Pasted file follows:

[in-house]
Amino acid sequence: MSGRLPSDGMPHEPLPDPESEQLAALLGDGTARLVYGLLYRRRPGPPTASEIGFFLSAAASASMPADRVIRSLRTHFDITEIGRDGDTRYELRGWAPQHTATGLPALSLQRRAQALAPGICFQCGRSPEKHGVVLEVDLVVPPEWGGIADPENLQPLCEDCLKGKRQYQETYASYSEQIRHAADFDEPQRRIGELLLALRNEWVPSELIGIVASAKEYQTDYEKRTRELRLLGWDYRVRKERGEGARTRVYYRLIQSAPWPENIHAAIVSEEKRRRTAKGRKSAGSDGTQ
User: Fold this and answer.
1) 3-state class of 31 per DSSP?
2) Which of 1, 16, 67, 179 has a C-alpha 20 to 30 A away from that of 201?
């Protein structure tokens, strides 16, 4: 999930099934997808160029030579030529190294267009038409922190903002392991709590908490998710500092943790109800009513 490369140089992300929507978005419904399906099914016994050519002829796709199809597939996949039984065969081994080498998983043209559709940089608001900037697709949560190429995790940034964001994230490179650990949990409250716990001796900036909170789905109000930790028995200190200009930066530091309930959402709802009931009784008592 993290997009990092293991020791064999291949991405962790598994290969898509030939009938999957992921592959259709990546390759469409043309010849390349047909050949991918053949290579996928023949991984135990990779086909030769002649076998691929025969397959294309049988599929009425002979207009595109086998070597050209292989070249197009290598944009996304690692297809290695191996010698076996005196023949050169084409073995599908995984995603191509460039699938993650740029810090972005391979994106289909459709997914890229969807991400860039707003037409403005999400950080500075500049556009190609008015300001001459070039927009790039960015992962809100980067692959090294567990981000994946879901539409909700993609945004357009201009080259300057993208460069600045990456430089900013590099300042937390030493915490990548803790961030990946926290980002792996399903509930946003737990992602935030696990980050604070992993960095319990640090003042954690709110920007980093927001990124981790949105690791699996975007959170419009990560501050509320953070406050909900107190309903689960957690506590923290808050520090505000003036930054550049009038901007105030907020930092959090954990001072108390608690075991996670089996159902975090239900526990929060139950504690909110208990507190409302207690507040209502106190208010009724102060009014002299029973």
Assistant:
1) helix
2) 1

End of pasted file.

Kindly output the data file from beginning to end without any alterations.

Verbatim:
[in-house]
Amino acid sequence: MSGRLPSDGMPHEPLPDPESEQLAALLGDGTARLVYGLLYRRRPGPPTASEIGFFLSAAASASMPADRVIRSLRTHFDITEIGRDGDTRYELRGWAPQHTATGLPALSLQRRAQALAPGICFQCGRSPEKHGVVLEVDLVVPPEWGGIADPENLQPLCEDCLKGKRQYQETYASYSEQIRHAADFDEPQRRIGELLLALRNEWVPSELIGIVASAKEYQTDYEKRTRELRLLGWDYRVRKERGEGARTRVYYRLIQSAPWPENIHAAIVSEEKRRRTAKGRKSAGSDGTQ
User: Fold this and answer.
1) 3-state class of 31 per DSSP?
2) Which of 1, 16, 67, 179 has a C-alpha 20 to 30 A away from that of 201?
């Protein structure tokens, strides 16, 4: 999930099934997808160029030579030529190294267009038409922190903002392991709590908490998710500092943790109800009513 490369140089992300929507978005419904399906099914016994050519002829796709199809597939996949039984065969081994080498998983043209559709940089608001900037697709949560190429995790940034964001994230490179650990949990409250716990001796900036909170789905109000930790028995200190200009930066530091309930959402709802009931009784008592 993290997009990092293991020791064999291949991405962790598994290969898509030939009938999957992921592959259709990546390759469409043309010849390349047909050949991918053949290579996928023949991984135990990779086909030769002649076998691929025969397959294309049988599929009425002979207009595109086998070597050209292989070249197009290598944009996304690692297809290695191996010698076996005196023949050169084409073995599908995984995603191509460039699938993650740029810090972005391979994106289909459709997914890229969807991400860039707003037409403005999400950080500075500049556009190609008015300001001459070039927009790039960015992962809100980067692959090294567990981000994946879901539409909700993609945004357009201009080259300057993208460069600045990456430089900013590099300042937390030493915490990548803790961030990946926290980002792996399903509930946003737990992602935030696990980050604070992993960095319990640090003042954690709110920007980093927001990124981790949105690791699996975007959170419009990560501050509320953070406050909900107190309903689960957690506590923290808050520090505000003036930054550049009038901007105030907020930092959090954990001072108390608690075991996670089996159902975090239900526990929060139950504690909110208990507190409302207690507040209502106190208010009724102060009014002299029973």
Assistant:
1) helix
2) 1